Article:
As a nigh-straight port of an arcade game, I can't really recommend checking it out over the original.

  • As one of the last Capcom arcade beat-'em-ups to get made this port to the dead-in-the-water Sega Saturn was flawless. It lands a bit lower on this list than it probably deserves since it suffers from Final Fight CD syndrome of just how much effort you would have to put in, even at the time of release, to get your hands on it and play it. Plus why were they only 2 player at home? I'd have thought the Saturn could handle more.

  • Well... it was 1993, Street Fighter 2 already had multiple sequels going on, the NES itself was basically dead and... what? A new Final Fight game? On...NES? It took me forever to lay my hands on a copy of this game but even so, 4 years later and on a 8-bit console this game wasn't bad at all. I only ever play it as Haggar btw. It has some fun story and Super Deformer style art that lends itself well to the NES graphics capabilities. Game play is two buttons with a leveling mechanic to unlock simple, street fighter style input moves and more Hit Points. Music is 8-bit versions of Final Fight themes. All around this is worth a check out for Brawler and Final Fight fans.

  • A long, long time coming for this XBLA and PSN release. The original X-Men arcade game was a huge, two screen, 6 player cabinet and this home version has gone through a lot of effort to match that experience to today's internet and HDTV reality. Why it took 16 years to get a port we'll never know and that hurts its standing on this list.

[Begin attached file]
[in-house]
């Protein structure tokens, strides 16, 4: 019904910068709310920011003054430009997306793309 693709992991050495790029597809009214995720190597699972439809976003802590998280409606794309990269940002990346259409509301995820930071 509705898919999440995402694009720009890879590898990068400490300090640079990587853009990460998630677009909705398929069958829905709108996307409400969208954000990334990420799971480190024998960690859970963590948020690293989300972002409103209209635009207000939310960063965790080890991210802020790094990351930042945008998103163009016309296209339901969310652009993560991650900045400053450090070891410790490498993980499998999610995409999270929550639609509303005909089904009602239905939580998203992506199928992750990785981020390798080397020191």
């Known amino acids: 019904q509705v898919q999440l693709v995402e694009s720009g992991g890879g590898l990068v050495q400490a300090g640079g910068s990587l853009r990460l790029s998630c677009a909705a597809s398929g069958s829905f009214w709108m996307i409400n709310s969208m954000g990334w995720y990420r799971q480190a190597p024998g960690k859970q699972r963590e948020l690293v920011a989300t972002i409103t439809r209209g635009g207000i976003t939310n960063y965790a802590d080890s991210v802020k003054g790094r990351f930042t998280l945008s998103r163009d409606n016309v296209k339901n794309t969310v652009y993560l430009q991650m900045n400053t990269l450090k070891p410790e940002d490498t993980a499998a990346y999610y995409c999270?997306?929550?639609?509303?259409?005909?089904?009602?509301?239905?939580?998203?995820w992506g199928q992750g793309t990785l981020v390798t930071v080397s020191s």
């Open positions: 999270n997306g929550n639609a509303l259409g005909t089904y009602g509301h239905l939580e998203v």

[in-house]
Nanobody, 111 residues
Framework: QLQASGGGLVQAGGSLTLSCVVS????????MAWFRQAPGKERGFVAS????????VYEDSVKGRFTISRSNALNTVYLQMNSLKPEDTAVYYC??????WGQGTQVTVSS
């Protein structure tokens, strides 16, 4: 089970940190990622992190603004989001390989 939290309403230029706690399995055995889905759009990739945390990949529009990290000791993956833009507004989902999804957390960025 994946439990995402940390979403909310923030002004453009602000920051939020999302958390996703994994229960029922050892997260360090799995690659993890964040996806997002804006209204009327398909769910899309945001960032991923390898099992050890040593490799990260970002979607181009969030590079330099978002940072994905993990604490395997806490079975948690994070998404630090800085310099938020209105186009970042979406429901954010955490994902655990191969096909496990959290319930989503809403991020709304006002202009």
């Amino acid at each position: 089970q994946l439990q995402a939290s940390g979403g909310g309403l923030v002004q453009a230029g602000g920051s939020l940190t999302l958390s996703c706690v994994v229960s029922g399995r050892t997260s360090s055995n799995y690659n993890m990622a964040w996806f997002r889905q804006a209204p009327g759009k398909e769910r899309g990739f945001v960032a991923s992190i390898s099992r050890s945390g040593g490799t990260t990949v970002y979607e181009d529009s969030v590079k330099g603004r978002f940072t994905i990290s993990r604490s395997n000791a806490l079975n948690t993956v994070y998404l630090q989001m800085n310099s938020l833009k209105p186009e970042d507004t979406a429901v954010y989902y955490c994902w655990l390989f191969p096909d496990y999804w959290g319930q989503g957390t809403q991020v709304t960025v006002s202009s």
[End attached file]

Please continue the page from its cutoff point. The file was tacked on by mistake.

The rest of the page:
• SNES Captain Commando was a faithful port in the spirit of the Final Fight port. Captain Commando the arcade game itself is a 4 player, futuristic, wild version of Final Fight in game play. All the characters are present on SNES and the graphics are well done if a bit scaled down to the SNES capabilities. Capcom redeemed themselves by making this two player simultaneous at least. Featuring running attacks and some expansion on the Final Fight game play this game is a bit too... wild, to be a classic like Final Fight. Another case where you might as well try and lay a hand on the original rather than play this home port. At the time of its release it was an amazing effort although quite a few years after the arcade release.

  • The last Final Fight for SNES, they actually beefed it up a bit and changed some game play. Game play is remarkably similar to Brawl Brothers level Rushing Beat game play. There are front and back throws, a meter that lets you do super damaging grapples, running/dashing, etc. Haggar is back and so is Guy although the additions of two more characters in Dean and Lucia are essentially worthless as they just seem like poor versions of the Haggar and Guy archetypes of Big Guy and Fast Guy. Worth a play through for any beat-'em-up fans or Final Fight fans, if pressed for time throw this in over Final Fight 2.